Regardless of where you stand on the issue of who should be controlling health care in this country, you should find this troubling:
The Health and Human Services secretary wrote that some insurers have been attributing part of their 2011 premium increases to ObamaCare and warned that “there will be zero tolerance for this type of misinformation and unjustified rate increases.”
Zero tolerance for expressing an opinion, or offering an explanation to policyholders? They’re more subtle than this in Caracas.
Indeed they are.
ObamaCare gives Ms. Sebelius’s regulators the power to define “unreasonable” premium hikes, which will mean whatever they decide it will mean later this fall. She promised to keep a list of insurers “with a record of unjustified rate increases” and then to bar them from ObamaCare’s subsidized “exchanges” when they come on line in 2014. In other words, insurers must accept price controls now or face the retribution of a de facto ban on selling their products to consumers four years from now.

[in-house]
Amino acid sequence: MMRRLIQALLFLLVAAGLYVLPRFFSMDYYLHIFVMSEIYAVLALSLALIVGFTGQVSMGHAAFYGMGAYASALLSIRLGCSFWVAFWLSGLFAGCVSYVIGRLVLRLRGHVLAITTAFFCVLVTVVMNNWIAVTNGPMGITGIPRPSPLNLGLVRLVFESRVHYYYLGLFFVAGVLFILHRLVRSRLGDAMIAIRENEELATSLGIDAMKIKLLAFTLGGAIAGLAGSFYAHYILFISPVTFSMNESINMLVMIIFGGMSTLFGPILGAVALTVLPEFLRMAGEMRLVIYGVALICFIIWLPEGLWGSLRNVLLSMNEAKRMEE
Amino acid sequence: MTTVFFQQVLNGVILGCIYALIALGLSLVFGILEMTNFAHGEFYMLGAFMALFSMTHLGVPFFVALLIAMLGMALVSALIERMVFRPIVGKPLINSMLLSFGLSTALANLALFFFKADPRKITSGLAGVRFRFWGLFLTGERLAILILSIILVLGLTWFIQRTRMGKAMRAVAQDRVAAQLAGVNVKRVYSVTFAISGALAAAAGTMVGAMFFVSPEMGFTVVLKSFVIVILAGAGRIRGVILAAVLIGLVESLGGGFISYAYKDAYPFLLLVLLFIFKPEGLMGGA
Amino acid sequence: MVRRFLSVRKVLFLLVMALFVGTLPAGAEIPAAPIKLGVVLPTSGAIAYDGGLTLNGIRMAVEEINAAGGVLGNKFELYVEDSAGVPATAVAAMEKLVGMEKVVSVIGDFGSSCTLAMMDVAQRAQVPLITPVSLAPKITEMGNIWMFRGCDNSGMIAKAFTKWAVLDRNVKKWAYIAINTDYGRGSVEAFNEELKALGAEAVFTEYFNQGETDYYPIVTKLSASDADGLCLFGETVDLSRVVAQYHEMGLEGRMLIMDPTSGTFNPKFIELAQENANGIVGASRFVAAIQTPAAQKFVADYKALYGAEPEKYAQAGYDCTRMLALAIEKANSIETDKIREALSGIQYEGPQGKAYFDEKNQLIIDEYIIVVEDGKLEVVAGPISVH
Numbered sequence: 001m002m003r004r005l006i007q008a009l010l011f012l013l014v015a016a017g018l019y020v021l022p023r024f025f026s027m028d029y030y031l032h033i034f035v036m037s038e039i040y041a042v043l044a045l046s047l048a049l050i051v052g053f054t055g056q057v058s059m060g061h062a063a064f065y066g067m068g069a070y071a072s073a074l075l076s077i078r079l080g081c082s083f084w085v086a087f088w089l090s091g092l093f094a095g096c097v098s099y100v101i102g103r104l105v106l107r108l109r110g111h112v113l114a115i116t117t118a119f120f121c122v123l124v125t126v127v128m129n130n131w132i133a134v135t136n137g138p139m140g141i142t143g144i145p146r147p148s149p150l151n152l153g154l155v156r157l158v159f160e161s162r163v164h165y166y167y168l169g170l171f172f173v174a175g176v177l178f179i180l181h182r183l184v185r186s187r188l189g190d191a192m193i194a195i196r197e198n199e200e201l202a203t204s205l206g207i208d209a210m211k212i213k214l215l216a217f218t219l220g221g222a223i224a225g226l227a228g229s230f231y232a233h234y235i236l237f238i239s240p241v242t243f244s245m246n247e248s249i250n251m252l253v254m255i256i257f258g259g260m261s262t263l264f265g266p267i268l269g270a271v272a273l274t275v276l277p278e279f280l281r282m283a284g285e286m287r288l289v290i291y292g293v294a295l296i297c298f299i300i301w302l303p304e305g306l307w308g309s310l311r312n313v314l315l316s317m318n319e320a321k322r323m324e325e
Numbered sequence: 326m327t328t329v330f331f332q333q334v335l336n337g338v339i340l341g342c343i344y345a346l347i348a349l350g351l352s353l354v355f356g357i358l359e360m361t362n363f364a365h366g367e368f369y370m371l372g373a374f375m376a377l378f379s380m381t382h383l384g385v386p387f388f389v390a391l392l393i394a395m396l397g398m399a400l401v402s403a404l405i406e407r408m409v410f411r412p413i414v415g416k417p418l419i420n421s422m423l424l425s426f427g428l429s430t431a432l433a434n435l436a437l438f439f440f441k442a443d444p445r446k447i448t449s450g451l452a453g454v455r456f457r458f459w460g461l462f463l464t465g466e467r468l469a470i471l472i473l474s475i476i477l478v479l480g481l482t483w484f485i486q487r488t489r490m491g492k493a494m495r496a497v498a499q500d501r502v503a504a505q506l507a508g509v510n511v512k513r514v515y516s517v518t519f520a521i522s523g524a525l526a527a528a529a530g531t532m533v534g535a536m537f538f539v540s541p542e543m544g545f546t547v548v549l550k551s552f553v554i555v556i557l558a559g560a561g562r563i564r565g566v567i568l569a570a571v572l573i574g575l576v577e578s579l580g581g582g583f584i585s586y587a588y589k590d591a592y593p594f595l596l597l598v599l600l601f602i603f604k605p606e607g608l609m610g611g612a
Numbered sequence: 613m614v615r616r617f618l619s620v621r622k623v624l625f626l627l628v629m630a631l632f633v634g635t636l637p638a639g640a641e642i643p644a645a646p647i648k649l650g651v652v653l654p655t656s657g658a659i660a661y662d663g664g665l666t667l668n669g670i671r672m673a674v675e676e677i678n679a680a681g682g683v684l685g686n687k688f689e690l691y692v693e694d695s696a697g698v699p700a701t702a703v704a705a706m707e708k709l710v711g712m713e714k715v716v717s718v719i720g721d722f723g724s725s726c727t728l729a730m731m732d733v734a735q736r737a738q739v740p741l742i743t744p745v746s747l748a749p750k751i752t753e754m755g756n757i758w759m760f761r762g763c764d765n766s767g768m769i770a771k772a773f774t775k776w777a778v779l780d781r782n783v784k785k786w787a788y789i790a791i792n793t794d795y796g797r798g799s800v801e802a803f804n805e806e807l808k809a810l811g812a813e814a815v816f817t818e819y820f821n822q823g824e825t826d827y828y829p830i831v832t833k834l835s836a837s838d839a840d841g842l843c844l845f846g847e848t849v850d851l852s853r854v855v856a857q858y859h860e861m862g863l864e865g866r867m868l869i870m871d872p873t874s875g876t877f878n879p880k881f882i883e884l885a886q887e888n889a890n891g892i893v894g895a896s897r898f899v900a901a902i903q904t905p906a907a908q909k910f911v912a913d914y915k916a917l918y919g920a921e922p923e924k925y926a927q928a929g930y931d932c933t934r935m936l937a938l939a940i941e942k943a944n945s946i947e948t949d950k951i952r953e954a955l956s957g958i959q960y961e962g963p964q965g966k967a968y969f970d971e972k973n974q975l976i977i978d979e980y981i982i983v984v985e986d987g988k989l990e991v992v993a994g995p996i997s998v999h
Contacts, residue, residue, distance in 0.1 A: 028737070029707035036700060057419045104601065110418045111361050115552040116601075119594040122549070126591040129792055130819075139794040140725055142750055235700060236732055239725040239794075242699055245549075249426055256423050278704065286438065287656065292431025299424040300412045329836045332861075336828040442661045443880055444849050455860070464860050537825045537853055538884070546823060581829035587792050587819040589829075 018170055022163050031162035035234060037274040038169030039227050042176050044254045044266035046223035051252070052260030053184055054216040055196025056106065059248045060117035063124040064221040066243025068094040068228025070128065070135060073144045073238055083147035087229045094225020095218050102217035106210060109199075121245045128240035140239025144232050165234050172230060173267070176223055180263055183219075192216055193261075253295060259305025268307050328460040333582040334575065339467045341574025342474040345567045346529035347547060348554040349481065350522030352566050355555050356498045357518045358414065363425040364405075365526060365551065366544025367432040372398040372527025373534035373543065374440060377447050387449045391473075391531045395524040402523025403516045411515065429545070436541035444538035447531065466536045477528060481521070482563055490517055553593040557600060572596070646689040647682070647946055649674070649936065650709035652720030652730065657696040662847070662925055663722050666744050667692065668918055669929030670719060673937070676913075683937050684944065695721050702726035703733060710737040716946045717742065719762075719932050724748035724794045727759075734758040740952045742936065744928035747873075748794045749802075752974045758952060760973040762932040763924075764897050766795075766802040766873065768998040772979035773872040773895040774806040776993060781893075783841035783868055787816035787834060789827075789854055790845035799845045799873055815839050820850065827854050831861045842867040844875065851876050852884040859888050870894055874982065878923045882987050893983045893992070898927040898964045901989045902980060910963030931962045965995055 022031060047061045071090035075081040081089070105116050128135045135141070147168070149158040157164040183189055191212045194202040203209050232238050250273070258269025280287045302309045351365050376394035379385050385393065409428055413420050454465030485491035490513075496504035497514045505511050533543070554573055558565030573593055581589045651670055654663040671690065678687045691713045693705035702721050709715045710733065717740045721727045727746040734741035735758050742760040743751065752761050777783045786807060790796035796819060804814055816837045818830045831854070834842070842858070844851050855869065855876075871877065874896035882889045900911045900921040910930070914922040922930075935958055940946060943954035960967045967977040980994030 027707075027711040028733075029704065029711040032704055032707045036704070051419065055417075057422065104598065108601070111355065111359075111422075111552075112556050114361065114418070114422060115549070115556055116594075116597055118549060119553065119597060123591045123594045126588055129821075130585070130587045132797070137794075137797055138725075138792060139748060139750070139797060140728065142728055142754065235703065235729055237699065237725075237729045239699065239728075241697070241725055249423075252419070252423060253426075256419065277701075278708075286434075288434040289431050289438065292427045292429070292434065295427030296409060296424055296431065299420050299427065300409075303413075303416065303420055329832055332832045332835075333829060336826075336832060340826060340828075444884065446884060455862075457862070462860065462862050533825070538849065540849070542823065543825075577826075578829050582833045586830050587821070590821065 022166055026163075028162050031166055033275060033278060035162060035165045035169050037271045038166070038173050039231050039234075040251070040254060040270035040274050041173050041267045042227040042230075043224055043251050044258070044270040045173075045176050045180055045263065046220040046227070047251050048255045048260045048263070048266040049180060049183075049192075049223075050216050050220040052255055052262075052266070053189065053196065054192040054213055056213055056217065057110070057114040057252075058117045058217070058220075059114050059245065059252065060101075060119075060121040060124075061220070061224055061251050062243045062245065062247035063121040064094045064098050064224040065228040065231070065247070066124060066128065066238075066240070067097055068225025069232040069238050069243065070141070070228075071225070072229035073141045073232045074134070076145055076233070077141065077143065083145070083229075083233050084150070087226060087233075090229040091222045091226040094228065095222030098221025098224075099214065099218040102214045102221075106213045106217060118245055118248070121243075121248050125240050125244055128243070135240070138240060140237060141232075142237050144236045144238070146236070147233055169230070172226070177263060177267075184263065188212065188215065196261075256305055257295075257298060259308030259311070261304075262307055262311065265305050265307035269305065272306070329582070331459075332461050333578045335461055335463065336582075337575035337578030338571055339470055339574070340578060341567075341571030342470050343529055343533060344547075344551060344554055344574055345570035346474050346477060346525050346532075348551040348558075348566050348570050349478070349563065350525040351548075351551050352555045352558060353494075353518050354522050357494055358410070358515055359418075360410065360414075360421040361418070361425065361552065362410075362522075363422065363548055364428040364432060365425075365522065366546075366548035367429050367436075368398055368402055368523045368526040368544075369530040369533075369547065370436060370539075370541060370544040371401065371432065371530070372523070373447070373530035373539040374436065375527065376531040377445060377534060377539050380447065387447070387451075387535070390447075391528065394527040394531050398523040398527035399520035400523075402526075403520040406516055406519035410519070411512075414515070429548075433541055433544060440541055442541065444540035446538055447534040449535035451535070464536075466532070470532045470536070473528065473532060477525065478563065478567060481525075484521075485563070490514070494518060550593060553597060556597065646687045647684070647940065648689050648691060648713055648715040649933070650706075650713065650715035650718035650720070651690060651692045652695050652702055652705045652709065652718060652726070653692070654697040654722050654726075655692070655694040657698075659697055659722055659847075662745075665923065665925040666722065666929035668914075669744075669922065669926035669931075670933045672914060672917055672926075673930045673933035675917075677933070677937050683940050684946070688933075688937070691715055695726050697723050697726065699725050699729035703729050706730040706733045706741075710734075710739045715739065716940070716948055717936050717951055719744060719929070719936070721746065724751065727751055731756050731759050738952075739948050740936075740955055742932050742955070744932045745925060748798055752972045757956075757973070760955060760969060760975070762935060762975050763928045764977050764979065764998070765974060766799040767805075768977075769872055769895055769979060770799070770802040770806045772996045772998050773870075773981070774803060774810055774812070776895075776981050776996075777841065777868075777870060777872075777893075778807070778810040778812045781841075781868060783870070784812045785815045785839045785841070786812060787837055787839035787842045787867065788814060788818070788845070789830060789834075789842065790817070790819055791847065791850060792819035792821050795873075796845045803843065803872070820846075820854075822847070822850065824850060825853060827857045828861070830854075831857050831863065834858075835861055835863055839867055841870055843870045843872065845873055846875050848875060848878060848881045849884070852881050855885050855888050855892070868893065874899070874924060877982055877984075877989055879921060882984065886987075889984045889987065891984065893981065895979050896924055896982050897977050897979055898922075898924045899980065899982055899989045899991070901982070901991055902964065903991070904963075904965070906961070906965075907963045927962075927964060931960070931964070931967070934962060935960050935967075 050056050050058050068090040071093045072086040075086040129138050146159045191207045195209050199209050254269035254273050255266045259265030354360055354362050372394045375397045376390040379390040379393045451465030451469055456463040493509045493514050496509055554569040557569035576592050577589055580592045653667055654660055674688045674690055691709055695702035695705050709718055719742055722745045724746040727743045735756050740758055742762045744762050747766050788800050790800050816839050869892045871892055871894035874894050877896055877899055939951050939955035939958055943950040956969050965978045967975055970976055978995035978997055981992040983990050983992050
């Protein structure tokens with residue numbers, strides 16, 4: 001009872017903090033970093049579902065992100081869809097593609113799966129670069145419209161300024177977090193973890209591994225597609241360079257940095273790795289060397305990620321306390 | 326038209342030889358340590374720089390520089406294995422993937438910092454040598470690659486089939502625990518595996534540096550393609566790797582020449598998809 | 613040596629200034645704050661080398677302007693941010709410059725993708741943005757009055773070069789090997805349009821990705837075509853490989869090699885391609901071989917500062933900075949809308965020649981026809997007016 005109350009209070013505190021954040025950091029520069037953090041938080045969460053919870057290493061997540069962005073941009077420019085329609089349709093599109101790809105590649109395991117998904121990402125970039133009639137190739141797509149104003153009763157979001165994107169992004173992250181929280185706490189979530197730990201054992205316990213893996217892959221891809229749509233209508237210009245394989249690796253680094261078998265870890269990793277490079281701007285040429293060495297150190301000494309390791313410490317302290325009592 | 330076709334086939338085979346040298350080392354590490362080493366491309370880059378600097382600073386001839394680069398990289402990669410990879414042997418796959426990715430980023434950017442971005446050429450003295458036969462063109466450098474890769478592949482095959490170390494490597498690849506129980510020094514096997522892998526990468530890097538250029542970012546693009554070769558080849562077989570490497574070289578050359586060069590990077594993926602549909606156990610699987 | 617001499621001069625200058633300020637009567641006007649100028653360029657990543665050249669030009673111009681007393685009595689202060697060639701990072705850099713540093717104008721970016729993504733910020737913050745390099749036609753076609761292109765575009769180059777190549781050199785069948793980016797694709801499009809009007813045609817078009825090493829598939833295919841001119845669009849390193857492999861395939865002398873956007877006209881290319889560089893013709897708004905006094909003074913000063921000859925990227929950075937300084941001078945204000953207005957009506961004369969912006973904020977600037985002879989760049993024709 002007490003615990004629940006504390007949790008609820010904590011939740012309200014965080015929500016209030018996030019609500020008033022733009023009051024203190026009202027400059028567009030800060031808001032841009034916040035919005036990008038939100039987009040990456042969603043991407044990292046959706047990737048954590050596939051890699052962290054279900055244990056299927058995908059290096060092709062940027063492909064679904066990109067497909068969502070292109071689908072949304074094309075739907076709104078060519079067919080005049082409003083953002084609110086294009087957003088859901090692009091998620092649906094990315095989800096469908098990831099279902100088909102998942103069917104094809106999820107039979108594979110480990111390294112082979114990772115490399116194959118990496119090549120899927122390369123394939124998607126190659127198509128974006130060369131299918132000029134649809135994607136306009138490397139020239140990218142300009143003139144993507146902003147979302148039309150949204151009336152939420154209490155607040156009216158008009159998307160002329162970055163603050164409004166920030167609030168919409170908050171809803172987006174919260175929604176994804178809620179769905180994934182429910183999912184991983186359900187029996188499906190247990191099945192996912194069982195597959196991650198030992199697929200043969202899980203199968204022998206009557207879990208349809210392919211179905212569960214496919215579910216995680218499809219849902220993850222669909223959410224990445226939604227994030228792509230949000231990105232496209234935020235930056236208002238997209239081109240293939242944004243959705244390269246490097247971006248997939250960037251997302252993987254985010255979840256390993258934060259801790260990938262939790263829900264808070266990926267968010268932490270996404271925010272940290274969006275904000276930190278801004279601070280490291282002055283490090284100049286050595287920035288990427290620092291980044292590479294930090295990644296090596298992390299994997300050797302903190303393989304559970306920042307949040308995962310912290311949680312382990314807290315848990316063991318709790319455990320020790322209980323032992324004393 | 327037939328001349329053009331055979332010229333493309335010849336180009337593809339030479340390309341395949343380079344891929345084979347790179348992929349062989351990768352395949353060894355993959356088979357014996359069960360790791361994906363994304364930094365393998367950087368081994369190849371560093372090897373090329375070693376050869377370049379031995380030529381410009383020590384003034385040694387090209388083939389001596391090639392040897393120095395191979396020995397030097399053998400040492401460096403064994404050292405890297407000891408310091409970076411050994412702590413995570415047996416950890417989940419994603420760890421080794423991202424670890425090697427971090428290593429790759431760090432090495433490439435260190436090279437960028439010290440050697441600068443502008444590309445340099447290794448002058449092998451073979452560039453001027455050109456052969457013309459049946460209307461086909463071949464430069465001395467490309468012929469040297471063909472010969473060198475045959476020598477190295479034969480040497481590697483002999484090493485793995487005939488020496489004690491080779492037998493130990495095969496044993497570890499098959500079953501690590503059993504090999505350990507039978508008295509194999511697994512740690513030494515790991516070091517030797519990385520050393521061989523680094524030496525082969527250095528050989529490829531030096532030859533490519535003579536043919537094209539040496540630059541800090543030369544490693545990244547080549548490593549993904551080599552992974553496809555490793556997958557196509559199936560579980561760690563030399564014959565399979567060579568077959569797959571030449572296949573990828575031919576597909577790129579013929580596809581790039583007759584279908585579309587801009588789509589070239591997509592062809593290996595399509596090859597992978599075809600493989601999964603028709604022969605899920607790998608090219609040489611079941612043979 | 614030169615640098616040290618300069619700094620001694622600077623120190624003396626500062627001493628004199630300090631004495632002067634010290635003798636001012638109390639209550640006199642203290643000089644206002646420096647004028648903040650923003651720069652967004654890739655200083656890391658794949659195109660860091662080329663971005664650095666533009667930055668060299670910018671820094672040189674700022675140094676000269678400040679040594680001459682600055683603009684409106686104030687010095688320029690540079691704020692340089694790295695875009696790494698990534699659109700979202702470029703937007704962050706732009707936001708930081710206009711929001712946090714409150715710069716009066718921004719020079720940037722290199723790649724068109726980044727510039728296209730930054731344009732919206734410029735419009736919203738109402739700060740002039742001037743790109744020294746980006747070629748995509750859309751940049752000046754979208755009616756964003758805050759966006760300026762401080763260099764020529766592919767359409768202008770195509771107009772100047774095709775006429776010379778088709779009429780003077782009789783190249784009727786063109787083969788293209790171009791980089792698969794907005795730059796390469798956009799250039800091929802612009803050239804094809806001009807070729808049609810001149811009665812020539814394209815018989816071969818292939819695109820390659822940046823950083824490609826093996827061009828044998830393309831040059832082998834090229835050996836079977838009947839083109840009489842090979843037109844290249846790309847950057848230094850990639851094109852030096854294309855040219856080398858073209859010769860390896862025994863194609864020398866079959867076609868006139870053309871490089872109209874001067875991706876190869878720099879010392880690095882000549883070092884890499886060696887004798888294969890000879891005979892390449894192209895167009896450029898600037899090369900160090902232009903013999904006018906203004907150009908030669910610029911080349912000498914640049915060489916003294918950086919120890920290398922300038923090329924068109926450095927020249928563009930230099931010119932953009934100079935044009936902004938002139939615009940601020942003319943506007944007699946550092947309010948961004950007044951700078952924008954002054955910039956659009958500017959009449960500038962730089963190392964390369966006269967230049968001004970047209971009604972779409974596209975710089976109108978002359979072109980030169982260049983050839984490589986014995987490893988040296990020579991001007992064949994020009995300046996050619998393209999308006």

When a government states that something should simply not change in price, it attempts to override the market, as un-free as that market may be. It is rarely successful without coercion. When it is successful, it often destroys the particular part of the market it monkeyed with.
Coercion at this level, with a sitting cabinet secretary telling insurers that they will be left to die if they do not cover for the administration, cuts at the very root of what it means to be a free society.